One of the issues we’re having to grapple with in developing the Great Writers Inspire project is the issue of copyright.  In Britain, literary (and other) works are in copyright for 70 years from the death of the author, which means permission is needed (and a fee usually needs to be paid) each time their work is reproduced.  I’m enviously watching as my colleagues who work on Shakespeare, Jonathan Swift and George Eliot upload ebooks and give talks replete with quotations.  But, as a twentieth-century specialist, few of the works I research are freely available.  Because the aim of this project is to produce content that can be downloaded by anyone and used repeatedly, we can’t use any material in copyright—in fact, I had to re-record my podcast on Ezra Pound, because I quoted his poetry in the first version.  Pound died in 1972, so it’s going to be a while until his work is out of copyright.  But other less long-lived twentieth-century authors are now coming out of copyright—notably James Joyce, whose work has been the subject of a number of legal disputes: see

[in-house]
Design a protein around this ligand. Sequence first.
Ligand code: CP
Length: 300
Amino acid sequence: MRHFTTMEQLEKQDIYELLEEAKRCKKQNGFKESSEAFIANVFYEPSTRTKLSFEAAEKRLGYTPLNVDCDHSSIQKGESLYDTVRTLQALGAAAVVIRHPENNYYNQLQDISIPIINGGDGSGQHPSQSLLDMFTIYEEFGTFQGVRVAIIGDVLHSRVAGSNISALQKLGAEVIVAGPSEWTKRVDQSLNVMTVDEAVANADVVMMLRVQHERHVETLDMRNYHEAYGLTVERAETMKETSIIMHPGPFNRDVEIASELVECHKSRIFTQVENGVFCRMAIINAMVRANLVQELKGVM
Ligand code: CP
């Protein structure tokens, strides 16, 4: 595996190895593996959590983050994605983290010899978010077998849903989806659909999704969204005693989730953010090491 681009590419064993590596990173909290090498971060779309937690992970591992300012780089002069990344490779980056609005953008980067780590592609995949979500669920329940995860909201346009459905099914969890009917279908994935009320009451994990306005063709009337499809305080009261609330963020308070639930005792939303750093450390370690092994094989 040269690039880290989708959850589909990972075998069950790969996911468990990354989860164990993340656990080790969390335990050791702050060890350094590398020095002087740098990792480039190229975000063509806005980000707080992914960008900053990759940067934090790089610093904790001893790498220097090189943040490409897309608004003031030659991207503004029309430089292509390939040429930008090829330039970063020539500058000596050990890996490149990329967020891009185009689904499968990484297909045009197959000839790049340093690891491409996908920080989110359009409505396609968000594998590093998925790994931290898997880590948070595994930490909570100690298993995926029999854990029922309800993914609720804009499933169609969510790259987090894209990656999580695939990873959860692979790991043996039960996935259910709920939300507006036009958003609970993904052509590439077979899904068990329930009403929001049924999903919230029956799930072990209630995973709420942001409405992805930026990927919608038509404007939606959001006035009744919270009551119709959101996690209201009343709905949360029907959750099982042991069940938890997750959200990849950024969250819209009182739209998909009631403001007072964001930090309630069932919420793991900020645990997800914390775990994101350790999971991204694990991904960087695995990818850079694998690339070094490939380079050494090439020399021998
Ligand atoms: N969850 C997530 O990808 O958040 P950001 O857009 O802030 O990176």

Although it may be more difficult to achieve, it’s important we twentieth- and twenty-first-century writing in this project, even if we have to do it by directing readers to sources off-site (see my references to some excellent websites in my theme introduction to Modernism).  After all, writers weren’t only great and inspiring in the past…

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1 Response to Copyright

  1. cleohanaway says:

    Well said! See my related post and comments re. the on-going Joyce copyright controversies:

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